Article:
BUS, IGPB to remain on Allocations

Breanne George

After a heated debate, USS voted 4-2 to pass amended changes to the Allocations Committee guidelines that keep the permanent seats held by Black United Students and the Inter-Greek Programming Board at yesterday’s meeting.

The controversial change was to remove the two permanent seats held by BUS and IGPB and add two at-large seats in place of the permanent seats.

Members of BUS attended the meeting to debate the removal of their permanent seat.

“A permanent seat is imperative to ensure racial diversity in campus programming,” BUS President Sasha Parker said.

Parker read a prepared statement expressing the views of BUS members, who felt they were not properly notified in writing of the proposed changes, and would have liked to debate the changes in prior meetings.

“Our viewpoints cannot be effectively represented,” Parker said. “No other group can articulate the needs of black students on campus.”

Kevin Folk, outgoing business and finance senator, said if the proposed change passed, BUS would have a seat on the selection committee of the Allocations Committee. He emphasized that the at-large seats are open to the entire student body.

Outgoing USS President Bill Ross said diversity would be ensured by having a diverse selection committee that chooses qualified people to run the board.

“Anyone judged well can uphold the duty of representing the student body,” he said.

During the open debate time, Matt White, outgoing president of the College Republicans, was concerned about the concept of equality.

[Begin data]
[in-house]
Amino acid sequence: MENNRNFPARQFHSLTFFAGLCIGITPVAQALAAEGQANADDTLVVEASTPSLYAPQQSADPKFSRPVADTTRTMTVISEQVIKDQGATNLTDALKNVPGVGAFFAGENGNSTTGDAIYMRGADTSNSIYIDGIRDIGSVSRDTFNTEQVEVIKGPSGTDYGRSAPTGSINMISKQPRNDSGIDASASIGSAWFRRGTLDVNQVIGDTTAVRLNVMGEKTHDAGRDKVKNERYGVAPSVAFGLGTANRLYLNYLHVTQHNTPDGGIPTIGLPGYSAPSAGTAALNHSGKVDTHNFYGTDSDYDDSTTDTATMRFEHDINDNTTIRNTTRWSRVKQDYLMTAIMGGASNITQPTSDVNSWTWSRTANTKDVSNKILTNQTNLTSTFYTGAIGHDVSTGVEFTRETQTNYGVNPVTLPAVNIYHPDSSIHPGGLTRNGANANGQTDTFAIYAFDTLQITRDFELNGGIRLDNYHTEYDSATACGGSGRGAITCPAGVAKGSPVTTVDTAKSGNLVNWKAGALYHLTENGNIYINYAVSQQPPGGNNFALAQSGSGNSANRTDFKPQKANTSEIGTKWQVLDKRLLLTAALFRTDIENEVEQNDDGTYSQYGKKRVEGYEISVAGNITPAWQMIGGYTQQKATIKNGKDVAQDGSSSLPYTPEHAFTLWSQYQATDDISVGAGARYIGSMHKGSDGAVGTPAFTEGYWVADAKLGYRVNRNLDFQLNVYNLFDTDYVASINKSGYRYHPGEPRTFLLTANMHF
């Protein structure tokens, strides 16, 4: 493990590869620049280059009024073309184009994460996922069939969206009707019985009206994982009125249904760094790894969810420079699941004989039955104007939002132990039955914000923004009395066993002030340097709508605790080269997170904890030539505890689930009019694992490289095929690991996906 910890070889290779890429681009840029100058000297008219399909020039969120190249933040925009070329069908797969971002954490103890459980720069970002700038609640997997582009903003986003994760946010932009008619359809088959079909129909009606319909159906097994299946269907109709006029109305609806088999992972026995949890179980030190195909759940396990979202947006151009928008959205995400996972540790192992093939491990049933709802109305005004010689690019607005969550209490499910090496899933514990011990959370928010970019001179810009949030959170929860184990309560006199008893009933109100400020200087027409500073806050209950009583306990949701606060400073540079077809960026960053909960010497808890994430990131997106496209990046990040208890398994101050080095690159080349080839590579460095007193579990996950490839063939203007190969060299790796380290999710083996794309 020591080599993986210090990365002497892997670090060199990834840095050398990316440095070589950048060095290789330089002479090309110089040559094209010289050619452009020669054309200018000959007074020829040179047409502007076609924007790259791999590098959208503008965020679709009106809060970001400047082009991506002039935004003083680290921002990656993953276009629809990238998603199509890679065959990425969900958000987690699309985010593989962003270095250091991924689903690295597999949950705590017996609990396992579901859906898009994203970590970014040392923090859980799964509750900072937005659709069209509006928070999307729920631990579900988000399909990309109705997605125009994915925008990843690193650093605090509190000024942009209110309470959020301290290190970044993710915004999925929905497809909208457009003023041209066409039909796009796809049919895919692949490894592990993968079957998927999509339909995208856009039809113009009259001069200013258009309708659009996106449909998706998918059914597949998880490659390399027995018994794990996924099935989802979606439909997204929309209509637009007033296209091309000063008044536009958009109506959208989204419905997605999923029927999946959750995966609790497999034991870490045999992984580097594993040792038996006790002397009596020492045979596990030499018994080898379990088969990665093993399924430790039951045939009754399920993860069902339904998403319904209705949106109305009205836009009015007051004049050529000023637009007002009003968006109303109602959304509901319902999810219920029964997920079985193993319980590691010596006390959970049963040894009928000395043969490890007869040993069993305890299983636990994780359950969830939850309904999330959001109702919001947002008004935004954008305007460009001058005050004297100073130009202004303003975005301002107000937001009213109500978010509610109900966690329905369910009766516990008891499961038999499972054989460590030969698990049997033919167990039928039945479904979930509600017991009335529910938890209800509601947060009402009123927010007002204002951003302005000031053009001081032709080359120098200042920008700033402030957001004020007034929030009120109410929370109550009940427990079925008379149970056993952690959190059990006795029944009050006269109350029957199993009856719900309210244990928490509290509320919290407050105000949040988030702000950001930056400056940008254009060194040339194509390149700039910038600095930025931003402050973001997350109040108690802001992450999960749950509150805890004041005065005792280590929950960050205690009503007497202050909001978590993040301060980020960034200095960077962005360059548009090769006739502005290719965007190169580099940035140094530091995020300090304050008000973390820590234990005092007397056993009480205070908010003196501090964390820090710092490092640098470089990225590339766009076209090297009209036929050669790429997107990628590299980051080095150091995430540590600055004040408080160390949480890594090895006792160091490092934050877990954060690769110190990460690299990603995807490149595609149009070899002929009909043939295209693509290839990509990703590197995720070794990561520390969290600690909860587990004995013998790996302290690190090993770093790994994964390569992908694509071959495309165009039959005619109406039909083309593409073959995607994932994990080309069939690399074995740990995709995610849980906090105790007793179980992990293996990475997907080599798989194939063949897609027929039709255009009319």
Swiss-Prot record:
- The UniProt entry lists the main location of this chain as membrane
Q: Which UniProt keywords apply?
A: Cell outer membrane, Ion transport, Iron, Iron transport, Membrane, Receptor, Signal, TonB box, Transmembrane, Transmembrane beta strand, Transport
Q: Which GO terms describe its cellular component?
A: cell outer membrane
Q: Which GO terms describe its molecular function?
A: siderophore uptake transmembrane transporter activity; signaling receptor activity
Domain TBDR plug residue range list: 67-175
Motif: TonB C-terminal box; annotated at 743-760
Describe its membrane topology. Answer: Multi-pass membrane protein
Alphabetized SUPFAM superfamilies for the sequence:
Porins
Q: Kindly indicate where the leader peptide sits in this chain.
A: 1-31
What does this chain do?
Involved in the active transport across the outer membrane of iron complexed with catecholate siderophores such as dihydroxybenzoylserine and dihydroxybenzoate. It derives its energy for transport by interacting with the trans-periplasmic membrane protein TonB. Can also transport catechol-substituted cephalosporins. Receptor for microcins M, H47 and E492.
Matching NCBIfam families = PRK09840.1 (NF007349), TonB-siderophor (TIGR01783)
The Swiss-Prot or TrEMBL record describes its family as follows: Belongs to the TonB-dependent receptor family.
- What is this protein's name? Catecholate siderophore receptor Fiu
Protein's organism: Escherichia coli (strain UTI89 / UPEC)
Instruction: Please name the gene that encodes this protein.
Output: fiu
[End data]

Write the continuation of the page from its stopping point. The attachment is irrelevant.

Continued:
“When you select someone based on their skin color, you take the risk of saying skin color matters more than strength of a person’s character and his or her prior service to the student body,” he said.

Another issue discussed was the perceived reason BUS was in jeopardy of losing its permanent seat. Last year, BUS members who held permanent seats on the Allocations Committee did not fulfill their duties by attending meetings compared to previous years, Parker said in an interview after the meeting.

“There was a lack of attendance as a whole on the Allocations Committee,” she said. “But I think the lack of visibility of BUS gave them the leeway to create that argument.”

Ross said the proposed removal of their seat was in an effort to promote fairness on the board and not due to poor attendance. Parker said she takes that comment with a grain of salt.

Amy Groya, senator for governmental affairs, said other minority groups on campus including Pride!Kent and SALSA had asked Folk for a permanent seat because BUS and IGPB had seats.

“I believe the direction is in fairness and not disenfranchising any group of people,” she said.

After ten minutes of debate by audience members, the senate debated the issue. Preston Mitchum, senator for academic affairs, said he originally agreed with the removal of the permanent seats because black students could still be represented via the at-large seats. He said he changed his mind after thinking about institutional racism.

“Skin color has superseded dedication to the student body for as long as I’ve been here,” he said.

Folk motioned to amend the recommended changes to keep the permanent seats of BUS and IGPB and add two at-large seats for a total of seven at-large members.

The revised guidelines will be sent to Pete Goldsmith, vice president of enrollment management and student affairs, for final approval.

After voting, the meeting became a transitional meeting as Ross passed the gavel to the new Executive Director Ross Miltner. This year’s senate gave their thanks and wished the new senate good luck. The new senate assumed their positions.

“Wake up each morning knowing there is always a student relying on you,” Ross said.

Contact student politics reporter Breanne George at [email protected]